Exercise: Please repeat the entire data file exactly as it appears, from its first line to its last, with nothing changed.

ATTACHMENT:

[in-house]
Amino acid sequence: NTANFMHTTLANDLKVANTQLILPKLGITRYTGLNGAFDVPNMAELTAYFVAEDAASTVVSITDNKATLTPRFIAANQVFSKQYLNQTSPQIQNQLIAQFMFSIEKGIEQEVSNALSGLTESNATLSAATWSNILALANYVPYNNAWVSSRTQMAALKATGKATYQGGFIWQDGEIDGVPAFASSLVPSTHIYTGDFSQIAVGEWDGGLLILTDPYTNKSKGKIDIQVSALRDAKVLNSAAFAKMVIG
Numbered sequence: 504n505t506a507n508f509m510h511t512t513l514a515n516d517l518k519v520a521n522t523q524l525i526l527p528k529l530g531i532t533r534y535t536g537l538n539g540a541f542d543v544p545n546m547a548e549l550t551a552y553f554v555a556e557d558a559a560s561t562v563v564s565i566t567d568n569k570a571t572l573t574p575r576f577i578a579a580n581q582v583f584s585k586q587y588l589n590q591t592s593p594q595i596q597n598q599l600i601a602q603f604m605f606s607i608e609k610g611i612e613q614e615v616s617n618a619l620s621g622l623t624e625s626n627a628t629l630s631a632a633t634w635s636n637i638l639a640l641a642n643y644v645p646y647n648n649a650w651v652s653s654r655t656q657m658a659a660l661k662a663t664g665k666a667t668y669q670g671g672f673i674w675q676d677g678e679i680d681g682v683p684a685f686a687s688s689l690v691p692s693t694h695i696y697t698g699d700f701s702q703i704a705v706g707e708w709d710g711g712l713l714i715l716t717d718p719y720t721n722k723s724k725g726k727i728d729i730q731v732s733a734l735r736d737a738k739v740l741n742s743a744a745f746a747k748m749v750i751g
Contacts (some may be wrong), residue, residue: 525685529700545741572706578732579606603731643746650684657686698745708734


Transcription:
[in-house]
Amino acid sequence: NTANFMHTTLANDLKVANTQLILPKLGITRYTGLNGAFDVPNMAELTAYFVAEDAASTVVSITDNKATLTPRFIAANQVFSKQYLNQTSPQIQNQLIAQFMFSIEKGIEQEVSNALSGLTESNATLSAATWSNILALANYVPYNNAWVSSRTQMAALKATGKATYQGGFIWQDGEIDGVPAFASSLVPSTHIYTGDFSQIAVGEWDGGLLILTDPYTNKSKGKIDIQVSALRDAKVLNSAAFAKMVIG
Numbered sequence: 504n505t506a507n508f509m510h511t512t513l514a515n516d517l518k519v520a521n522t523q524l525i526l527p528k529l530g531i532t533r534y535t536g537l538n539g540a541f542d543v544p545n546m547a548e549l550t551a552y553f554v555a556e557d558a559a560s561t562v563v564s565i566t567d568n569k570a571t572l573t574p575r576f577i578a579a580n581q582v583f584s585k586q587y588l589n590q591t592s593p594q595i596q597n598q599l600i601a602q603f604m605f606s607i608e609k610g611i612e613q614e615v616s617n618a619l620s621g622l623t624e625s626n627a628t629l630s631a632a633t634w635s636n637i638l639a640l641a642n643y644v645p646y647n648n649a650w651v652s653s654r655t656q657m658a659a660l661k662a663t664g665k666a667t668y669q670g671g672f673i674w675q676d677g678e679i680d681g682v683p684a685f686a687s688s689l690v691p692s693t694h695i696y697t698g699d700f701s702q703i704a705v706g707e708w709d710g711g712l713l714i715l716t717d718p719y720t721n722k723s724k725g726k727i728d729i730q731v732s733a734l735r736d737a738k739v740l741n742s743a744a745f746a747k748m749v750i751g
Contacts (some may be wrong), residue, residue: 525685529700545741572706578732579606603731643746650684657686698745708734